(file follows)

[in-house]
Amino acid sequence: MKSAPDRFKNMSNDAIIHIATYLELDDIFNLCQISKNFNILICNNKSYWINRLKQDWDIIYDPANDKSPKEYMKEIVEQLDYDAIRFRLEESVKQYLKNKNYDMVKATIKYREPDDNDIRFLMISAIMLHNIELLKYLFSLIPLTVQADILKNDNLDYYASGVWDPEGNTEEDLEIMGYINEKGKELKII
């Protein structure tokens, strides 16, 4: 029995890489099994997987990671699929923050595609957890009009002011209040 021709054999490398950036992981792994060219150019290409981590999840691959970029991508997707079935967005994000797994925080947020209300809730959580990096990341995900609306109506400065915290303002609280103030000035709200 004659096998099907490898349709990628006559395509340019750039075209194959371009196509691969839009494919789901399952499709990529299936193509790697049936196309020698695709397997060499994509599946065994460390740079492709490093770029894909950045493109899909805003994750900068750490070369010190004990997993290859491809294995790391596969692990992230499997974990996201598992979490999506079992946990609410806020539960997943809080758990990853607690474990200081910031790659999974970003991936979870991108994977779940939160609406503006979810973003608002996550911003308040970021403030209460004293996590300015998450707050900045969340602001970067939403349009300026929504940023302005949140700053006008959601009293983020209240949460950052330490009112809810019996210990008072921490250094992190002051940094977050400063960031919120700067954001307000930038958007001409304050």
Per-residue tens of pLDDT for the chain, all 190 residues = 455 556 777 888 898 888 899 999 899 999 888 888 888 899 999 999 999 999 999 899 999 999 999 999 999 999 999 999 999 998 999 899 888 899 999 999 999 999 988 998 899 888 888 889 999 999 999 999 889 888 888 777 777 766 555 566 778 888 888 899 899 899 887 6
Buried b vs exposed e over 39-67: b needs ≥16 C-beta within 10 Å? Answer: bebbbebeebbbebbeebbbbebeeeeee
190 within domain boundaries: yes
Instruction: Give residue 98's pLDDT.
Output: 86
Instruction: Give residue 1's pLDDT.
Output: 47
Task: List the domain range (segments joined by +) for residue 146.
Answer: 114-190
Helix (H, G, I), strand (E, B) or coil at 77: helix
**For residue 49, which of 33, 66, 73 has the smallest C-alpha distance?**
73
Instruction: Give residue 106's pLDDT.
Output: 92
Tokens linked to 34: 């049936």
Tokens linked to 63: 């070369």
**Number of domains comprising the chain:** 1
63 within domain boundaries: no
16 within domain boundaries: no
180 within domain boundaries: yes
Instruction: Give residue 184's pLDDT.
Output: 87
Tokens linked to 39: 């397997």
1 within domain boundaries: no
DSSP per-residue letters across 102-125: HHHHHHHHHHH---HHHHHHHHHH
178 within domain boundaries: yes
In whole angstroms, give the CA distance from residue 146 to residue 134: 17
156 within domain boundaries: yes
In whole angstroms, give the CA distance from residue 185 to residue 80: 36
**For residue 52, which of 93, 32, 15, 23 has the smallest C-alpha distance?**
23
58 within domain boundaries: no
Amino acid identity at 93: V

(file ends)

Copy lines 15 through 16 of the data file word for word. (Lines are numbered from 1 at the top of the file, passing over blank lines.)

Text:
73
Instruction: Give residue 106's pLDDT.